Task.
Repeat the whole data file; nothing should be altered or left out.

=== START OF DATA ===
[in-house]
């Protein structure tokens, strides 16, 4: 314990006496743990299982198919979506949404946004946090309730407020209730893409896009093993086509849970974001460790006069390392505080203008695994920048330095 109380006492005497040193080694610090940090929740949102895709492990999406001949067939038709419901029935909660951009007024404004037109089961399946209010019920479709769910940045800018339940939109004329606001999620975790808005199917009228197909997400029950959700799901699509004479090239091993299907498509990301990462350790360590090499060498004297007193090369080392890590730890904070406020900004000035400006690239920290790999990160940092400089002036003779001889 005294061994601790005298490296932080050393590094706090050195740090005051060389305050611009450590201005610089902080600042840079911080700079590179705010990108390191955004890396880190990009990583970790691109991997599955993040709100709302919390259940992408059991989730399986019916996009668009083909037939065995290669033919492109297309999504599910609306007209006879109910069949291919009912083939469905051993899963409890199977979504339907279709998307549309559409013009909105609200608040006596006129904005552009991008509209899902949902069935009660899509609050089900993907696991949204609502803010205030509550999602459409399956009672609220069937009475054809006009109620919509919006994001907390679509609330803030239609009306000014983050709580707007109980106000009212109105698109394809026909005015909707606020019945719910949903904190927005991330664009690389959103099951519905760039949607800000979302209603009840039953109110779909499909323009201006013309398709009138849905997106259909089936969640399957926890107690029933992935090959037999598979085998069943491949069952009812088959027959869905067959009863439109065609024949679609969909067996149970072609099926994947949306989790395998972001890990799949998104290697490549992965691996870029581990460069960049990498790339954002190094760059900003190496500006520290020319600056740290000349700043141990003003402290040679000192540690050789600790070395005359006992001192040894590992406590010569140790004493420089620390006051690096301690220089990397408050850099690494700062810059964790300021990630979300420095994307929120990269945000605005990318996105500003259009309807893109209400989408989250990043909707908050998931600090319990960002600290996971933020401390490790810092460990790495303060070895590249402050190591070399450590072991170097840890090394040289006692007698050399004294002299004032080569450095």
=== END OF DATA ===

[in-house]
């Protein structure tokens, strides 16, 4: 314990006496743990299982198919979506949404946004946090309730407020209730893409896009093993086509849970974001460790006069390392505080203008695994920048330095 109380006492005497040193080694610090940090929740949102895709492990999406001949067939038709419901029935909660951009007024404004037109089961399946209010019920479709769910940045800018339940939109004329606001999620975790808005199917009228197909997400029950959700799901699509004479090239091993299907498509990301990462350790360590090499060498004297007193090369080392890590730890904070406020900004000035400006690239920290790999990160940092400089002036003779001889 005294061994601790005298490296932080050393590094706090050195740090005051060389305050611009450590201005610089902080600042840079911080700079590179705010990108390191955004890396880190990009990583970790691109991997599955993040709100709302919390259940992408059991989730399986019916996009668009083909037939065995290669033919492109297309999504599910609306007209006879109910069949291919009912083939469905051993899963409890199977979504339907279709998307549309559409013009909105609200608040006596006129904005552009991008509209899902949902069935009660899509609050089900993907696991949204609502803010205030509550999602459409399956009672609220069937009475054809006009109620919509919006994001907390679509609330803030239609009306000014983050709580707007109980106000009212109105698109394809026909005015909707606020019945719910949903904190927005991330664009690389959103099951519905760039949607800000979302209603009840039953109110779909499909323009201006013309398709009138849905997106259909089936969640399957926890107690029933992935090959037999598979085998069943491949069952009812088959027959869905067959009863439109065609024949679609969909067996149970072609099926994947949306989790395998972001890990799949998104290697490549992965691996870029581990460069960049990498790339954002190094760059900003190496500006520290020319600056740290000349700043141990003003402290040679000192540690050789600790070395005359006992001192040894590992406590010569140790004493420089620390006051690096301690220089990397408050850099690494700062810059964790300021990630979300420095994307929120990269945000605005990318996105500003259009309807893109209400989408989250990043909707908050998931600090319990960002600290996971933020401390490790810092460990790495303060070895590249402050190591070399450590072991170097840890090394040289006692007698050399004294002299004032080569450095």